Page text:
What about vehicles? Well, you could run overhead lines on the route for an electric train, but they cost a ton.

Fortunately there is a simpler and far cheaper solution. Alstom Corp., a global transit company that now supplies transit vehicles to Ottawa and Toronto, just launched a hydrogen-powered transit vehicle that can be had for less than the cost of a handful of SkyTrain cars. And here is maybe the best part. British Columbia’s only hydrogen refueling station is right here in Surrey, and Surrey could be a strong competitor for a proposed hydrogen fuel manufacturing plant. So the project supports the growth of local green jobs for Surrey too!

The concerns you have voiced about LRT vehicles getting slowed down in traffic and adding to congestion (which are misplaced I would argue, but admittedly strongly felt by some) go away with this plan since the track is in its own right of way for the whole distance with very few at grade crossings. And at grade crossings can be controlled by crossing gates (as is done for hundreds of commuter rail and tram/train systems in North America) or by simply slowing down the train to obey signals as they do in Portland, Oregon for the MAX line tram/train.

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The Portland streetcar system has a per-kilometre cost that is less than one-fifth that of SkyTrain. Photo by Steve Morgan, Wikimedia Commons.

More good news. This plan has already been studied. The engineering and business case was developed not too long ago in the “Proposal for Rail for the Valley” by Leewood Projects of Surrey, U.K. (yet another Surrey tie in!). They estimated that it would cost around $600 million for track, vehicles, stations and overhead wires for a commuter rail tram/train system of over 90 kilometres! That is a tiny fraction of the cost per kilometre of SkyTrain and a 100-year transportation solution for the entire South of Fraser urban region.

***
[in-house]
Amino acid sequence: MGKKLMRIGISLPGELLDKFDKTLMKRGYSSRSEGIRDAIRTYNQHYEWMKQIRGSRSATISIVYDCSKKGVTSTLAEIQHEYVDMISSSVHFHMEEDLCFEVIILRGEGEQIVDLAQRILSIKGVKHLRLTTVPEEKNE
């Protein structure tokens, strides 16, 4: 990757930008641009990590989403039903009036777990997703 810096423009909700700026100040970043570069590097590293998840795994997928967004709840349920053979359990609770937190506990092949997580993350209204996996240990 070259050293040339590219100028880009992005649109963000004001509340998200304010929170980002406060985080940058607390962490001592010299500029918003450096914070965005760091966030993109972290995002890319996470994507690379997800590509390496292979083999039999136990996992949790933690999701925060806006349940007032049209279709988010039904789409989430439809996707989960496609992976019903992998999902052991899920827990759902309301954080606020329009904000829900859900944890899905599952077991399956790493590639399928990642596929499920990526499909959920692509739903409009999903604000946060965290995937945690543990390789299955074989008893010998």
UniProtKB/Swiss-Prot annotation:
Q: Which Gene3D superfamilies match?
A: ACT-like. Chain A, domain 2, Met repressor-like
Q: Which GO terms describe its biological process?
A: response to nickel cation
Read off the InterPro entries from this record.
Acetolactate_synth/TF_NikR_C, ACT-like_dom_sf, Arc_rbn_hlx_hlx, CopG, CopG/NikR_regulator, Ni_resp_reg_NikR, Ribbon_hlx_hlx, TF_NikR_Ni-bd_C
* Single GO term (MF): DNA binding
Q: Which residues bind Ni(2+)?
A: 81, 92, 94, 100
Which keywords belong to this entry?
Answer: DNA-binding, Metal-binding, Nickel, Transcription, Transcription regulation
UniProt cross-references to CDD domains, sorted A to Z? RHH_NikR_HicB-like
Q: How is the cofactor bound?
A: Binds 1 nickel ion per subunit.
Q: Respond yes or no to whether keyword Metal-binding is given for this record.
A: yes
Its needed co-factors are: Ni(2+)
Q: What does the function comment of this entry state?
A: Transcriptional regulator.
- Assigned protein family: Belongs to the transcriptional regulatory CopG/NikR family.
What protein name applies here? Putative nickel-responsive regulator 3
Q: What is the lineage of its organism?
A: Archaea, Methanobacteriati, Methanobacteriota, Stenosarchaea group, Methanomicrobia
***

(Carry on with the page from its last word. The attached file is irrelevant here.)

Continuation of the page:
That study was conducted in 2010, so it will cost more now. But the study assumed overhead wire infrastructure not needed if you use hydrogen power and track reconstruction, which may not be a cost borne by you (as mentioned above) so who knows, costs could be less.

Worst case, let’s say the cost is a cool $1 billion. You still have $600 million left to play with. And if you want to get the other mayors off your back you could strip the bells and whistles out of the light rail proposal you hate (but the Board of Trade desperately wants) and do a Portland-style tram to Guildford and Newton for less than 60 million per kilometre.

582px version of HydrogenBus.jpg
Hydrogen-powered bus. Surrey already has the infrastructure in place to fuel hydrogen vehicles. Photo via Ballard Corp.

Or maybe you can mollify the other mayors, the Board of Trade, and your local environmentalists with a hydrogen-powered bus rapid transit to Newton and Guildford for even less.

In short, you have many ways to make Surrey the centre of a thriving metropolitan “South of Fraser Kingdom” rather than the dead end of the Vancouver SkyTrain line. And you can get yourself out of what looks like a tight spot politically.

Now that you have successfully blown up the whole regional transit plan I am sure you can see the benefits of grabbing this fantastic life preserver, and give Surrey and the whole South of Fraser region the futuristic transit it deserves.

Your humble servant and Surrey booster,

Prof. Patrick M. Condon  [Tyee]